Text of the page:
How do I get my libido back?

I receive some permutation of this question every single day. Sometimes this comes from a new parent dealing with the massive transition after having kids. Other times this comes from folks who have been blindsided by menopause. Often, it comes from someone whose lack of desire is tied to relationship issues. Of course, there are many causes of libido loss, and identifying the key source can be helpful. Strategies to boost libido will vary depending on the reason why it seems to be lacking. First and foremost, it’s important to note that libido isn’t a drive like hunger and thirst. You won’t perish if you don’t have sex. I like to reframe libido as a matter of desire. And desire can be cultivated. You can create desire when it doesn’t occur spontaneously; this is the reality for most people. Over time, we cultivate, awaken, and draw out desire. Some strategies for boosting desire to consider:

Create a Fire & Ice list to identify everything in your life that lights your fire and all the things that cool your jets when it comes to desire. Consider what you can do to increase items in the Fire column and minimize items in the Ice column.

Get more comfortable with your body through self-pleasure so that you know more about what feels good. Set time aside to touch for pleasure. Grab your favorite lube and/or toys and take your time rather than rushing to the finish line.

Take care of your sexual health. If you have symptoms that hamper your desire (e.g., pain, discomfort, or tension), address those first with your healthcare provider; consider a pelvic floor physiotherapist who can help with exercises and essential changes to your daily routine.

Shed shame through therapeutic approaches ranging from art and dance to talking with friends or seeing a counselor.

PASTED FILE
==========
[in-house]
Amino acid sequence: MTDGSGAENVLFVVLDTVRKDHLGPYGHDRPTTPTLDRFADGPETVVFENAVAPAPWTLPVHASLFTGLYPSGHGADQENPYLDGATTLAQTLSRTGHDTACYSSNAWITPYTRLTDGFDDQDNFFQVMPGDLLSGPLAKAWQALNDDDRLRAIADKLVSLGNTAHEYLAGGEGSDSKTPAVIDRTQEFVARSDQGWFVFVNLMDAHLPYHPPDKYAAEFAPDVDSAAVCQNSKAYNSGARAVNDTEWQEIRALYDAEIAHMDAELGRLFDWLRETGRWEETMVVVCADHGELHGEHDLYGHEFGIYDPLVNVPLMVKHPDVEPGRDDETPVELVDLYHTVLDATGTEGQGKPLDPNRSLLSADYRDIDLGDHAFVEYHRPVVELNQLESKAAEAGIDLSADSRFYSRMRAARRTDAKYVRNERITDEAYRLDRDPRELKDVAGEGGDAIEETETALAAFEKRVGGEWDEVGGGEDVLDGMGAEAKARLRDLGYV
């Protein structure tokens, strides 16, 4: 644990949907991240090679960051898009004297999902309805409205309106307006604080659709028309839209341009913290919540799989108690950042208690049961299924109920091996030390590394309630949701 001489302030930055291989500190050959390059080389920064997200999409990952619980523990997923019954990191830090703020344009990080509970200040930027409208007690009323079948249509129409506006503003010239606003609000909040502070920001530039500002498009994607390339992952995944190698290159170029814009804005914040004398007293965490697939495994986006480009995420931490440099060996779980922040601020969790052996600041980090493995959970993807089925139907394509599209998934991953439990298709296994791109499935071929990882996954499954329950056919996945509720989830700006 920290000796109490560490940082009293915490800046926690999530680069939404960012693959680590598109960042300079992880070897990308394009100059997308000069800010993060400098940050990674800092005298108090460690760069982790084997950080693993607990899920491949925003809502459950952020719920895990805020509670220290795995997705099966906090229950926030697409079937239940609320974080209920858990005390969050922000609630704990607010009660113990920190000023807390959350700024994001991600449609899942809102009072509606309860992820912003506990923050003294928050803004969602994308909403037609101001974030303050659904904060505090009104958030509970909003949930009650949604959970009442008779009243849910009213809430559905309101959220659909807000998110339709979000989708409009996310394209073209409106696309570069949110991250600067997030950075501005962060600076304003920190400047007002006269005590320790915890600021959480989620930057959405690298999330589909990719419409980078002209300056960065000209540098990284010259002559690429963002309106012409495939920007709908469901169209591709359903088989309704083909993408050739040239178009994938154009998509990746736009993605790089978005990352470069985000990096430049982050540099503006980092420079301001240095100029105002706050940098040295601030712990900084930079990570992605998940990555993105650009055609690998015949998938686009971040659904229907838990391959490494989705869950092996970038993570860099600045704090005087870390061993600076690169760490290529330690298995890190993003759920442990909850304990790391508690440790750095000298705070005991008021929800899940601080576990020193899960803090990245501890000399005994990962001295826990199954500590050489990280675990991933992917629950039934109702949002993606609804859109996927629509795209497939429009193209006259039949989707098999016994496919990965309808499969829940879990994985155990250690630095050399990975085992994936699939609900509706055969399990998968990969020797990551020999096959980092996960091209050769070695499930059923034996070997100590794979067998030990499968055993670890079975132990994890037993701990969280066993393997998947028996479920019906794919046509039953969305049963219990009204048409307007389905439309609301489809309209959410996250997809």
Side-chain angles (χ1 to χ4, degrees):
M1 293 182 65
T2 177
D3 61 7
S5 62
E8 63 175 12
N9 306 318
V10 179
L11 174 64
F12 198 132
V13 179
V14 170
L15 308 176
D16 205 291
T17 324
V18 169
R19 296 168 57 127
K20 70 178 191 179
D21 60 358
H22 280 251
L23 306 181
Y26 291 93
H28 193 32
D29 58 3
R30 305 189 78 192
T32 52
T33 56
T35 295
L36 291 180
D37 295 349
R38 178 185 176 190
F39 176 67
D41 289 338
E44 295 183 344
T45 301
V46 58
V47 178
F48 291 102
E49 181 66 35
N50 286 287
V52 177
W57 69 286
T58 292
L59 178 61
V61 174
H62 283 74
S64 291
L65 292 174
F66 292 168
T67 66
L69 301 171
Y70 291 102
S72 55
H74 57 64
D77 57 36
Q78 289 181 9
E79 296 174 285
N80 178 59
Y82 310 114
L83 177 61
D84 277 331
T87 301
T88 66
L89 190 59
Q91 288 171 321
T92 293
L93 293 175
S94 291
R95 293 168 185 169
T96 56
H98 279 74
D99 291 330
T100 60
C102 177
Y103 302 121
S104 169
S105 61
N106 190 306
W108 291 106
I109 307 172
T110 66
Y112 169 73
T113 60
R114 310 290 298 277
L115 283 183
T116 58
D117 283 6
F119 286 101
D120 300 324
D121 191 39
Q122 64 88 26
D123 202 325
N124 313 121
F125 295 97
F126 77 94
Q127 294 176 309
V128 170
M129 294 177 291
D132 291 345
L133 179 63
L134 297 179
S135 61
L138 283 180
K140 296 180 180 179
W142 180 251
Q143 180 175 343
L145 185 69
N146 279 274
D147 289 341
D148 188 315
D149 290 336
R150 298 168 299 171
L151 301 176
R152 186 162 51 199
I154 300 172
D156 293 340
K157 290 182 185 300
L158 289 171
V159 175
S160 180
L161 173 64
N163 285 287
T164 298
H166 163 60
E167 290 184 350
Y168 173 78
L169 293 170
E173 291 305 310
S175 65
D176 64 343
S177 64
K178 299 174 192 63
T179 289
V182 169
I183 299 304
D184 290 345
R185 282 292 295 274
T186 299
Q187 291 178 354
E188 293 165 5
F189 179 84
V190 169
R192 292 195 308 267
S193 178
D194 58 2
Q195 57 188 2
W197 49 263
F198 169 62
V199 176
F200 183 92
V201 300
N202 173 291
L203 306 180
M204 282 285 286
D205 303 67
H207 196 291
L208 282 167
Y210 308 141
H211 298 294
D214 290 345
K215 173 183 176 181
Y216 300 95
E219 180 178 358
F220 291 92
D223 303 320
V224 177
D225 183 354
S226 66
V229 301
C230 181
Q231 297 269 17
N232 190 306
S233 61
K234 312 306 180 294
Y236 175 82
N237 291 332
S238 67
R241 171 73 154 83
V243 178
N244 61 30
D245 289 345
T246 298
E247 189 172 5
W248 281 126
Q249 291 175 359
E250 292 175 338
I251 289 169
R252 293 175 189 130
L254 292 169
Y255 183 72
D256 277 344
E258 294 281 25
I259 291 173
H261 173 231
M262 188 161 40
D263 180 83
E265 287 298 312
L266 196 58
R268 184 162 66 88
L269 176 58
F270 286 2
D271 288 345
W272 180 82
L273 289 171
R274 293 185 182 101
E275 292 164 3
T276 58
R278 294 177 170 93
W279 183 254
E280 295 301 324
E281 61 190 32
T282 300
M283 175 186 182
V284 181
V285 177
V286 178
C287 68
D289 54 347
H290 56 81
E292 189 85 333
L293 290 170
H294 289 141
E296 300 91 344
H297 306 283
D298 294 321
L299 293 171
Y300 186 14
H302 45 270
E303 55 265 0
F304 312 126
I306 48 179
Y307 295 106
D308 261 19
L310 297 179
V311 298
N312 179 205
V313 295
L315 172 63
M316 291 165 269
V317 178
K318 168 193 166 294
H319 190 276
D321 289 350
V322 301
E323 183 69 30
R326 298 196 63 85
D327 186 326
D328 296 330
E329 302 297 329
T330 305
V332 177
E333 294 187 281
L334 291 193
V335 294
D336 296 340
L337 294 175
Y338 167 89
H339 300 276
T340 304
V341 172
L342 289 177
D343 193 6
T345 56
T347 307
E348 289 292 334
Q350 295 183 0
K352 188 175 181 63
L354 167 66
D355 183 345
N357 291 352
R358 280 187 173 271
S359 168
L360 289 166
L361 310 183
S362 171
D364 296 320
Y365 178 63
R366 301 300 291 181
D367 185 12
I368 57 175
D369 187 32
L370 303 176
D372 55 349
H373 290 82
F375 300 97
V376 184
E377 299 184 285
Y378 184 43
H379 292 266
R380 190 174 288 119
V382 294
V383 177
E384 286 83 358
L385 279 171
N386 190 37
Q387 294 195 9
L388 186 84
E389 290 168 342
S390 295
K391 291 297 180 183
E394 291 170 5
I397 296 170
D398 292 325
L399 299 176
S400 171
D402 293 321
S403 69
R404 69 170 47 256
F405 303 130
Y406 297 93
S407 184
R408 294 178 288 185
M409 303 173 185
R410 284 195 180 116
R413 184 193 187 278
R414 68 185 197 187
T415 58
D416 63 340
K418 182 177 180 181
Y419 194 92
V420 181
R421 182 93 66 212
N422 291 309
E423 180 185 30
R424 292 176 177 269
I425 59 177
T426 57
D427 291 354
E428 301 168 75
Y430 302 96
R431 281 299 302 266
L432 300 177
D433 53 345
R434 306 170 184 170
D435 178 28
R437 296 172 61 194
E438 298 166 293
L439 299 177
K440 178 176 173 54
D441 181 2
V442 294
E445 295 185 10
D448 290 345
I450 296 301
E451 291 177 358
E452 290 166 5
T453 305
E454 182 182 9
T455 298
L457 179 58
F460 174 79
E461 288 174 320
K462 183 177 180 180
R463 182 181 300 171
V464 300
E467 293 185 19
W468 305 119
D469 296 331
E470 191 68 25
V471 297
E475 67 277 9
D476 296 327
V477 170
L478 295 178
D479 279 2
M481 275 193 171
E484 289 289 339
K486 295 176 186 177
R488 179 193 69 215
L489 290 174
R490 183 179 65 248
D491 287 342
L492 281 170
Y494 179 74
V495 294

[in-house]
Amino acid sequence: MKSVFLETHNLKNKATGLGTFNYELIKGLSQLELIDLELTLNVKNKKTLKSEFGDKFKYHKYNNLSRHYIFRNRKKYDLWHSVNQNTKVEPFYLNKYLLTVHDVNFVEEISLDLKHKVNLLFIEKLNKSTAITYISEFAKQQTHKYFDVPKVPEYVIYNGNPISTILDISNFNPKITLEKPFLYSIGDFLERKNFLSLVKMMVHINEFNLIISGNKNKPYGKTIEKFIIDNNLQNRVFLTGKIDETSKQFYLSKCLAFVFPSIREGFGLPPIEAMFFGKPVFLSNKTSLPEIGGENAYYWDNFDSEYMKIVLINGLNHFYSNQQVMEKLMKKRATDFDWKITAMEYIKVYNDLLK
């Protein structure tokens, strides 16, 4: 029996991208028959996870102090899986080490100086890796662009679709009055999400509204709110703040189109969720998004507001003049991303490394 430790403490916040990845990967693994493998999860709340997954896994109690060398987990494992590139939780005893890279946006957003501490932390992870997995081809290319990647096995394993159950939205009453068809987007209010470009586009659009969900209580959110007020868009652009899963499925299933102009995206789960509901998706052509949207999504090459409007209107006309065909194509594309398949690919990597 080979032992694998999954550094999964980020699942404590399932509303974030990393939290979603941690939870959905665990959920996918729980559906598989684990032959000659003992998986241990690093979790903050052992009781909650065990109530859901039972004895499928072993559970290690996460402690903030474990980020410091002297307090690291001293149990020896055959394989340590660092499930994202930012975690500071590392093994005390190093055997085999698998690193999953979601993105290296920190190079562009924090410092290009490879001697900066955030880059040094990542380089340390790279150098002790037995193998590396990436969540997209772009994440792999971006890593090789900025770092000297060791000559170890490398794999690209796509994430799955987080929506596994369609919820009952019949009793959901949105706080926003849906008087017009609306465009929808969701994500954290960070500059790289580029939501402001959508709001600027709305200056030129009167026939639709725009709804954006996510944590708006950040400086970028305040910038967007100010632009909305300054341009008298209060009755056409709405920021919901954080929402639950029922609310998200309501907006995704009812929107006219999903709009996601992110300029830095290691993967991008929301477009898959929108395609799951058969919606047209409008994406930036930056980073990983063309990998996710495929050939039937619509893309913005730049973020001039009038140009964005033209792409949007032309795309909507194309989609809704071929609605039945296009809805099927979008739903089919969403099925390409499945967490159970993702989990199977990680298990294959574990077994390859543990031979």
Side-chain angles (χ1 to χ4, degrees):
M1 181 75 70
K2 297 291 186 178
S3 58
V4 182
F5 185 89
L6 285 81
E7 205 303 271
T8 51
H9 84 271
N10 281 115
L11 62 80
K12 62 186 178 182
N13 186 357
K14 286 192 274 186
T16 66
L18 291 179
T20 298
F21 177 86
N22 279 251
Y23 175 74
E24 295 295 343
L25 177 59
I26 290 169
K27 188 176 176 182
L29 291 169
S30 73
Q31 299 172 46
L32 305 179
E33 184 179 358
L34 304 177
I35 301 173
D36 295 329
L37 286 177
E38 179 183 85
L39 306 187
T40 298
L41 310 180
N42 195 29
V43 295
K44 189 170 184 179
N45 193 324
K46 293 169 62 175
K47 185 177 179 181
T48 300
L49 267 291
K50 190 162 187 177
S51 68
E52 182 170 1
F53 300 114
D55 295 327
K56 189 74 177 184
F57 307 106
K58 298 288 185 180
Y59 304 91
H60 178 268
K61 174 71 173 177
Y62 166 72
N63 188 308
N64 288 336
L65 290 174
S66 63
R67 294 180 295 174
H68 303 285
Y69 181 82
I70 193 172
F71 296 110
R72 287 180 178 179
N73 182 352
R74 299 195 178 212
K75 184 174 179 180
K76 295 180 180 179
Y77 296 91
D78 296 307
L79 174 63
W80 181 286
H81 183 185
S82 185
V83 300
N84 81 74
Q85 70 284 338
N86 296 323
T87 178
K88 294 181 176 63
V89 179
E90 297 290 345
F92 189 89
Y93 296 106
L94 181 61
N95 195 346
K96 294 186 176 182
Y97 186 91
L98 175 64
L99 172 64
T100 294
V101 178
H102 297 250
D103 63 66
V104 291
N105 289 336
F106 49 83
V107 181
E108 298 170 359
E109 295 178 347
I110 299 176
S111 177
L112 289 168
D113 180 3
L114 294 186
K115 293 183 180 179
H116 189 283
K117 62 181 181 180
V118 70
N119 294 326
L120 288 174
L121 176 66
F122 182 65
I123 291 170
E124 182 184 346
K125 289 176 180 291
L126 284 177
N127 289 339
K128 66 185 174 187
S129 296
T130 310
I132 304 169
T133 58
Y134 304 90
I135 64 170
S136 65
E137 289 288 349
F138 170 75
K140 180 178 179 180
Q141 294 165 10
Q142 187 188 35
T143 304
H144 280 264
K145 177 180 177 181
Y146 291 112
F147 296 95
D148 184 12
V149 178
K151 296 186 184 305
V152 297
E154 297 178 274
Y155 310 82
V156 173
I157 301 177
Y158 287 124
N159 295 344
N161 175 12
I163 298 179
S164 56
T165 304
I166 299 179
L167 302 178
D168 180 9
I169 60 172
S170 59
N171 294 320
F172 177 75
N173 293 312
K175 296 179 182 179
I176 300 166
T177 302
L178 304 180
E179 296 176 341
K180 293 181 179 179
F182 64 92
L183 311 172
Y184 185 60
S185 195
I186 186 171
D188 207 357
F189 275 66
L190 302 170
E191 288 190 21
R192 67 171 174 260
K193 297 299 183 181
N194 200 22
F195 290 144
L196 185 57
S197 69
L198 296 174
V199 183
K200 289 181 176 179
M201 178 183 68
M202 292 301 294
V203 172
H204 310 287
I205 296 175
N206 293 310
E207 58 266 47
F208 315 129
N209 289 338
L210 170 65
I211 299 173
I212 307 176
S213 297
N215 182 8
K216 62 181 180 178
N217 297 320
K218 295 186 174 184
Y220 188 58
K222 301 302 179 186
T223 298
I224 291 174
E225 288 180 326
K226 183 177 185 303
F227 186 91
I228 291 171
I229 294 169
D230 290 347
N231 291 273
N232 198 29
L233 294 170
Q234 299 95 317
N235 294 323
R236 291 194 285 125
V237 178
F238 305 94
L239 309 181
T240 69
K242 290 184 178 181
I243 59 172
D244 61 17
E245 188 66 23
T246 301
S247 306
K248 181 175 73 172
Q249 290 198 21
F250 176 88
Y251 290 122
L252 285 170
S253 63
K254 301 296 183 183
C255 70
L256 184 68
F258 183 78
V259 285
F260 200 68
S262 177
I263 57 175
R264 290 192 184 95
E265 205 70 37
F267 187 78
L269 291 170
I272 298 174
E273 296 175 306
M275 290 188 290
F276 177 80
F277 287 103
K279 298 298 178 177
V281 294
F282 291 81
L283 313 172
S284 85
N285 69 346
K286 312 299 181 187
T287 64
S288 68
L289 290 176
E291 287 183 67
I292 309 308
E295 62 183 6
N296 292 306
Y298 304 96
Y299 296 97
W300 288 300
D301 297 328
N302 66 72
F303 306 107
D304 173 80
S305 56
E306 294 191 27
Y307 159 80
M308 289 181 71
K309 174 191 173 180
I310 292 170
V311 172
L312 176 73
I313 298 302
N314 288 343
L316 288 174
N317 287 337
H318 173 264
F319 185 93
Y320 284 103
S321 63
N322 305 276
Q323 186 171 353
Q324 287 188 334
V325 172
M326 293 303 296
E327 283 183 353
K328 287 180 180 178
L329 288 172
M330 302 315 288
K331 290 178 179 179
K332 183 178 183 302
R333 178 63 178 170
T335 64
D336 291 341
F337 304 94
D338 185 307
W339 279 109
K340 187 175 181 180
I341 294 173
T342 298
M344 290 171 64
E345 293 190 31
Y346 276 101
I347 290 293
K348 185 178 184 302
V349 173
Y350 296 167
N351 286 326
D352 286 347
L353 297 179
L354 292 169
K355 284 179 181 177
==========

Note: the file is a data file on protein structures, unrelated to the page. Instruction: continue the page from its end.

Consider lifestyle changes like eating foods that support energy, sleep, and overall wellness (however you define it).

Invest in your relationship so that you feel a connection, safety, attraction, and any other experiences that underlie what desire is to you.

Prioritize yourself. If you expend all your energy caring for others, you’re unlikely to have much left for yourself at the end of the day (or week). Consider what (or whom) you might say no to this week. Start with one or two no’s and see where they lead.

Get familiar with your CEF (core erotic feeling). Once you understand the erotic-emotional connection, you’ll be better equipped to cultivate desire and involve your partner in the process, should you opt to do so. Read more about this important concept here.

Practice mindfulness from the kitchen to the living room to the bedroom. Mindful sex may be a “hot topic,” but being present throughout your day can significantly affect how you respond in the bedroom.

This list isn’t exhaustive, but chances are that at least one of these strategies will be helpful in your situation, and you can start with just one small change to see where it leads.


If you have sex & relationship Qs, feel free to send them our way and we’ll do our best to answer them on the blog.

[1] Ueda, Peter & Mercer, Catherine & Ghaznavi, Cyrus & Herbenick, Debby. (2020). Trends in Frequency of Sexual Activity and Number of Sexual Partners Among Adults Aged 18 to 44 Years in the US, 2000-2018. JAMA Network Open. 3. e203833. 10.1001/jamanetworkopen.2020.3833.

[2] Muise, Amy & Schimmack, Ulrich & Impett, Emily. (2015). Sexual Frequency Predicts Greater Well-Being, But More is Not Always Better. Social Psychological and Personality Science. 7. 10.1177/1948550615616462.